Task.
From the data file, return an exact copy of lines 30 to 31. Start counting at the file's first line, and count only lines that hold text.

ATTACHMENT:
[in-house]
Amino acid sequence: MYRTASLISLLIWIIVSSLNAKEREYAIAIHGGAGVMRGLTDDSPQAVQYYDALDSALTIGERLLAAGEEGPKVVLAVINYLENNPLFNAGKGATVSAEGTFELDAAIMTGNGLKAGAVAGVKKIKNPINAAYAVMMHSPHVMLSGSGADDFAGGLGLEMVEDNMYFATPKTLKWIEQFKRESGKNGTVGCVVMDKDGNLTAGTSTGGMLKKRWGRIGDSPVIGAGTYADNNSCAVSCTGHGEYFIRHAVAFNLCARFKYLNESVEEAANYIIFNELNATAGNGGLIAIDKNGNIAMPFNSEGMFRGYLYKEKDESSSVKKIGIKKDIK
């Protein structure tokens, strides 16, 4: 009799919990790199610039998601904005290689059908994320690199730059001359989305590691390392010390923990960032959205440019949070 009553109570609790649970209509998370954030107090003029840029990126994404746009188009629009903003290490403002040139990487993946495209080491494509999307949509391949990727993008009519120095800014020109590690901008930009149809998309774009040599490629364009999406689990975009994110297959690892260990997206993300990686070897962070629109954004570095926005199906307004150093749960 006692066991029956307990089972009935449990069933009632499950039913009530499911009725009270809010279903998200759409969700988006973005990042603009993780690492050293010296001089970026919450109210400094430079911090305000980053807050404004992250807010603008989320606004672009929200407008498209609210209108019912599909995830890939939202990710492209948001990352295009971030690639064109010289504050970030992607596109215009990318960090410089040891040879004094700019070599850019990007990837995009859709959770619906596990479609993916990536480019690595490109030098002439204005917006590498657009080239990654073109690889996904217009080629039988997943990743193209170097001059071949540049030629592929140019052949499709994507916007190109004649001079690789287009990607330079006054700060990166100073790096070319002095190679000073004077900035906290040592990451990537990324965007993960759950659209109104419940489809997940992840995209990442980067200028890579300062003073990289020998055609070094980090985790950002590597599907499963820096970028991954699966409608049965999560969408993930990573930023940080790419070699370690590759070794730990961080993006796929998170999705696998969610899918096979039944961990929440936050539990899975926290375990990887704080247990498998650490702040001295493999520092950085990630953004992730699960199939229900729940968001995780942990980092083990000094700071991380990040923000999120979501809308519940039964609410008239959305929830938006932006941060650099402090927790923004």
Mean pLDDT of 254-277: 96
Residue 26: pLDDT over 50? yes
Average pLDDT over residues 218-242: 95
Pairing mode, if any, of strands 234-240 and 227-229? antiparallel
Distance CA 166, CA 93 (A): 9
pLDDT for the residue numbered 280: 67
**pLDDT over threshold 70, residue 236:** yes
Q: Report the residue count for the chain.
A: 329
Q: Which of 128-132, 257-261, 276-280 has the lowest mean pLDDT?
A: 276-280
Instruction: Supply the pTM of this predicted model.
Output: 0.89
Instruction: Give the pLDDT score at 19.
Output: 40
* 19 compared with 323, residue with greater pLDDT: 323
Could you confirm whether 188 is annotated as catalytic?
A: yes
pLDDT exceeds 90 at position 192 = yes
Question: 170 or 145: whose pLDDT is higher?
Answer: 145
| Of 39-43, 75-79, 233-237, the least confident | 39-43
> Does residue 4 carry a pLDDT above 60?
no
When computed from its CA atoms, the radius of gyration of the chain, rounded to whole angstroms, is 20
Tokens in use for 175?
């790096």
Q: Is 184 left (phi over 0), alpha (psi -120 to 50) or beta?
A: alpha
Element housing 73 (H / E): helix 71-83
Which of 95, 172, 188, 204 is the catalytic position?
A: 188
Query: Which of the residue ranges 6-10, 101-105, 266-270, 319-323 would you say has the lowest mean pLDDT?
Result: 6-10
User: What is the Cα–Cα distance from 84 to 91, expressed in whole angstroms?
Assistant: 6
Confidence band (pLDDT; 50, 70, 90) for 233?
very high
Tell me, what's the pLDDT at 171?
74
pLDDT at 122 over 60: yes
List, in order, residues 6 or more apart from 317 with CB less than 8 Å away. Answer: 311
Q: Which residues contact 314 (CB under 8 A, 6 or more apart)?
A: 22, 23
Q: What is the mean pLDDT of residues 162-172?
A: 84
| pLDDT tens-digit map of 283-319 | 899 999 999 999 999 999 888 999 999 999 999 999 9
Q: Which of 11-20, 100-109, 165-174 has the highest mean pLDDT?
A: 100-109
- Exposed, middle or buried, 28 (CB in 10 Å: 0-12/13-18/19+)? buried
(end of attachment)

């790096």
Q: Is 184 left (phi over 0), alpha (psi -120 to 50) or beta?